Lee Dawson: “I think it’s just a question of who’s making the comics for who. Most comics creators are young (or not as young as they used to be!) white males. Most comics readers are young white males. I think if there were a more diverse creator base creating comics reflecting their unique experiences and perspectives then the audience might also reflect that diversity as well.”
Brandon Thomas: “Because people are afraid.
The problem begins with the nonsensical classification that is the “black book”, presumably meant to signify a title in which either “black things” are more likely to occur, or one that chronicles the exploits of a number of black characters. Following this train of logic, Superman, Batman, and the Avengers should be appropriately branded as “white books”, but between you and I…that doesn’t make any sense does it??
Instead, the label only creates a heightened sense of awareness that creates books that often play at the most obvious of stereotypes in the hopes of addressing a need for authenticity that is not only completely irreverent, but clearly unattainable, as it doesn’t exist. Either that or the books’ defining characteristic is that it’s filled with minorities, which can also serve as a statistical kiss of death, regardless of inherent quality. Pardon my usage of the terminology, but often too much time is spent being “black”, and not enough time being “books”. Instead of publishing accessible material driven by minority characters, we get tired approximations of things that companies think “black” readers would respond to. So white readers are completely alienated, and what little black or non-white readership exists, groans collectively because someone is under the impression that by slapping a bubble vest, gold teeth, and Timbs on it, it automatically becomes “black”.
Things remain this way, because there are not enough creators working in comics with a personal and emotional investment in correcting it. It’s no one’s fault in particular, and reversing the tide isn’t enormously difficult, because someday (hopefully sooner rather than later), a writer will sit down. After he/she sits down, they’ll begin creating this fully realized environment populated with characters of layered personalities and emotions, the kind of fictional 3-D world that a great majority of readers will find at least something relatable…
…and then they’ll turn everyone black.
Stereotypes will be assaulted, expectations will mean nothing, and finally, FINALLY, there will be no such thing as “black books”, just books with black and minority characters, that aren’t defined by their ethnicity, or playing into a routine meant to establish a “realness” that ensures they’re speaking to no one. The industry just needs someone to care enough to make it happen. Do you??”
Fredrik Strömberg: “As I have stated several times in my book “Black Images in the Comics”, I think that sadly, most Black characters in mainstream comics are created, and treated, as representatives of all Black people. This symbolic nature, of course, makes them rather limited as characters. Also, considering that this question really is about matters in the USA (even if this is not stated), it seems to me as a European that the fact that your comics are sold in speciality shops, and thereby only reaches the fans and not the general audience, is another important factor. The comic fans in the USA seems to be mostly white boys, a fact that works as a catch-22 to make sure that other groups like for instance female readers and creators for the most part are locked out of the action.”
Craig Lemon: “Why aren’t there more black-superhero books? Because they don’t sell. Why don’t they sell? The same reason that female-led superhero books don’t sell very well. Because the primary audience for superhero is white males. And the main way you can get female-led superhero books to sell is to plaster them with cheesecake art – step forward Greg Horn and Michael Turner. I also believe that most white males are closet racists – even if just subconsciously…oh, you could argue that someone reading a superhero book puts themselves in the place of the hero, and white males cannot identify with black heroes for some reason…I would venture that that reason is racism. Why are there few arabic superheroes in US comics? Why are there few hispanic blah blah blah? The answer is the same.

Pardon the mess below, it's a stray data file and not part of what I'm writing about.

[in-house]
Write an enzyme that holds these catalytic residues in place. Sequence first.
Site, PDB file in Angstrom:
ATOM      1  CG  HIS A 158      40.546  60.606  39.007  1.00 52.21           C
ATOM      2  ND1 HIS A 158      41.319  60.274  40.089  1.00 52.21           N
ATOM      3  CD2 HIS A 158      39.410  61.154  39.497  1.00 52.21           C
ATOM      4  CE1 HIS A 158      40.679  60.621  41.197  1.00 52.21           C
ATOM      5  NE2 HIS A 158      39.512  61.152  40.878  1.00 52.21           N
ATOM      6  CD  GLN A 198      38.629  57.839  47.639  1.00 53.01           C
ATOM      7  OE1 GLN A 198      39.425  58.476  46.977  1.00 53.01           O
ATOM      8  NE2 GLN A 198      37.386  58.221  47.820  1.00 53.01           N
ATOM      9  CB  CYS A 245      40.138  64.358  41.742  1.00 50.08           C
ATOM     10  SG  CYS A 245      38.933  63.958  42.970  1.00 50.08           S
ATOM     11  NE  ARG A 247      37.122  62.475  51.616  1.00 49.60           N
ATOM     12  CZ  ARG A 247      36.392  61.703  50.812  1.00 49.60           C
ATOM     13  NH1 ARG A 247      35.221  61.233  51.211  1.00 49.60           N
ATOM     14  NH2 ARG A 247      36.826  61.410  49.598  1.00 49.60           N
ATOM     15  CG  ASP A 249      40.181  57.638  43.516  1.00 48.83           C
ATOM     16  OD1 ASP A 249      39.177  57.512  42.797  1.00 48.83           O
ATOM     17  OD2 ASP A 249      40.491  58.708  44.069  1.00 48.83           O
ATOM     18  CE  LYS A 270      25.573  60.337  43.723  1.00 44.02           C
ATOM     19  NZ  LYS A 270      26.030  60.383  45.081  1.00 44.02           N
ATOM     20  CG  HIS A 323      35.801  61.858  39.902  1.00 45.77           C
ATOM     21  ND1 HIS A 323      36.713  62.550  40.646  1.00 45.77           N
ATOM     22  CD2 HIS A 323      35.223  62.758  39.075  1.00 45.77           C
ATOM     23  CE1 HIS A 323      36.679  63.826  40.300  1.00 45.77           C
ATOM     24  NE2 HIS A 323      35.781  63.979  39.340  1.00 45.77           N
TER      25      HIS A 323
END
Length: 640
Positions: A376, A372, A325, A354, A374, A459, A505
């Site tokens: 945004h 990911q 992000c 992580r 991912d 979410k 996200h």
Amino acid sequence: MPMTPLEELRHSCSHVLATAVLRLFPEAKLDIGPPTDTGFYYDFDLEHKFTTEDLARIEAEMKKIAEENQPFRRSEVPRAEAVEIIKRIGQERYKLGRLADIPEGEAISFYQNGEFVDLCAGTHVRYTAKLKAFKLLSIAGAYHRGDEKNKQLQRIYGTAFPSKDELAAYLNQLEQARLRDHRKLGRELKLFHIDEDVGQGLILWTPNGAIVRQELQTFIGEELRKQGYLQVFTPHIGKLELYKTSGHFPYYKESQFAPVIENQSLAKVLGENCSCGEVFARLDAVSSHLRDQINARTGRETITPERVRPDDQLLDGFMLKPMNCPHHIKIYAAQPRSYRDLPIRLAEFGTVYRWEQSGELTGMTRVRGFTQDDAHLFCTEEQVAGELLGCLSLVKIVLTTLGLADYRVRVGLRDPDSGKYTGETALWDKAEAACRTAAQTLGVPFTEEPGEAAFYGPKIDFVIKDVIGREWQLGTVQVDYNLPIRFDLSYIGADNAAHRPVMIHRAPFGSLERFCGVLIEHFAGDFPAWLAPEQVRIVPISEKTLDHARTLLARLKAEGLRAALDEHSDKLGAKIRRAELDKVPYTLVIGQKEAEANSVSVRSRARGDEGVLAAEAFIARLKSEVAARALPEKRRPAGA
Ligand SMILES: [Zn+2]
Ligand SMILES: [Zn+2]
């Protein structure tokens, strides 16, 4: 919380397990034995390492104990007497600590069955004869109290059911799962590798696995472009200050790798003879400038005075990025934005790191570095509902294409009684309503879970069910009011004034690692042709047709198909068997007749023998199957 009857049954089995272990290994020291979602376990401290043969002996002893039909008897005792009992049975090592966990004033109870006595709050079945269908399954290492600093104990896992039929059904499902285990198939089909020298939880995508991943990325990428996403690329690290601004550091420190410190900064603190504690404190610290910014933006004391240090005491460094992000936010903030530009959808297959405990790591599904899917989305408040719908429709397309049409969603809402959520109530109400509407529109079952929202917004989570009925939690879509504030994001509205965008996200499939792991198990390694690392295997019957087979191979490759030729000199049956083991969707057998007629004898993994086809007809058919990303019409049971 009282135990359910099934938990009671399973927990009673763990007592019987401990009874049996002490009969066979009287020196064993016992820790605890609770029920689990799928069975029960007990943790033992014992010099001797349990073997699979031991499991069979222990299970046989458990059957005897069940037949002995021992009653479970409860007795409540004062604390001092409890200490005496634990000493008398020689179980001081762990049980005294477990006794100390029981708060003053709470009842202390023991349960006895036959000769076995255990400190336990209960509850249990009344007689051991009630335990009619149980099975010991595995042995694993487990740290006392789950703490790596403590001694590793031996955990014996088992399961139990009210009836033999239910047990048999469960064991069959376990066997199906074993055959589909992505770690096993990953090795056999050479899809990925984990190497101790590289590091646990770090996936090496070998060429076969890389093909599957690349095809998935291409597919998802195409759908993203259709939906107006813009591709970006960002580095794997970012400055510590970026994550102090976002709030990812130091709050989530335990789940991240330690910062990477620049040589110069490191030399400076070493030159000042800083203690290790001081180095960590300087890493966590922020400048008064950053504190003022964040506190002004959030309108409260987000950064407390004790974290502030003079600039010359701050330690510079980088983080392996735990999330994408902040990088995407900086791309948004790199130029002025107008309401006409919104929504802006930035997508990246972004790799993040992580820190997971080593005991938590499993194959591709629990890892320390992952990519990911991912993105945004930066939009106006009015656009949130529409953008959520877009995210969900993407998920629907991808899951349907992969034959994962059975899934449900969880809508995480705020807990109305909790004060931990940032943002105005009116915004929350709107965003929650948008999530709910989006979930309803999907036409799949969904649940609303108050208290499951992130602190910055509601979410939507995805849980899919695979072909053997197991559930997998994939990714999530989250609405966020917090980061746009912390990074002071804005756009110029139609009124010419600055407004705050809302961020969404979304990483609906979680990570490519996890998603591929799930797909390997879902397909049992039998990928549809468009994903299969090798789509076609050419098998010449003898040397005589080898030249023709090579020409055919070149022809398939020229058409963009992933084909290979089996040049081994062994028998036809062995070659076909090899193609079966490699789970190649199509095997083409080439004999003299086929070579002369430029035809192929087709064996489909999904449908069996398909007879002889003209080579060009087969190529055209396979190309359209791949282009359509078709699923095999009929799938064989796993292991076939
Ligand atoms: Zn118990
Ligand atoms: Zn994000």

Why are there no black superheroes fronting big-name books? Because all the iconic heroes in existence today (with the exception of Wolverine) were created between the 1930s and the 1960s, when black characters were taboo, or poor caricatures at best (see the early stories of The Spirit to see how even Will Eisner didn’t escape this attitude). There have been pitifully few successful superheroes created in the last twenty years, black OR white. So new books with predominantly black casts don’t sell…but neither do new books with predominantly white casts…it’s not just The Crew that was cancelled recently, but The Eternal too.
Why are there no successful black characters in “mainstream” (i.e. Marvel & DC comics)? But there are. Look at 100 Bullets. Look at Gotham Central. Minority groups represented in quality comics, bought by a vast range of purchasers. And why do these work – because of the Star Trek factor…they feature an “ensemble”, a large group of characters from diverse ethnic backgrounds.
You could say why are there no major supporting black characters in Spider-Man? But I think you’d find that beyond the original set of characters created in the 60s, there have been no NEW supporting characters of any colour for a consistently long period of time. It’s the same with Superman, with Batman, with whoever…superheroes created in 1960s and earlier had no black characters due to the situation that existed at that time (which is where the racism angle comes back in) and these superheroes haven’t changed in the intervening time – the supporting casts have remained the same throughout the decades.”
Kyle J. Baker: “Why aren’t there more mainstream titles that feature minority characters in prominent roles, and why don’t “black books” sell??”
Doesn’t the second question answer the first one?”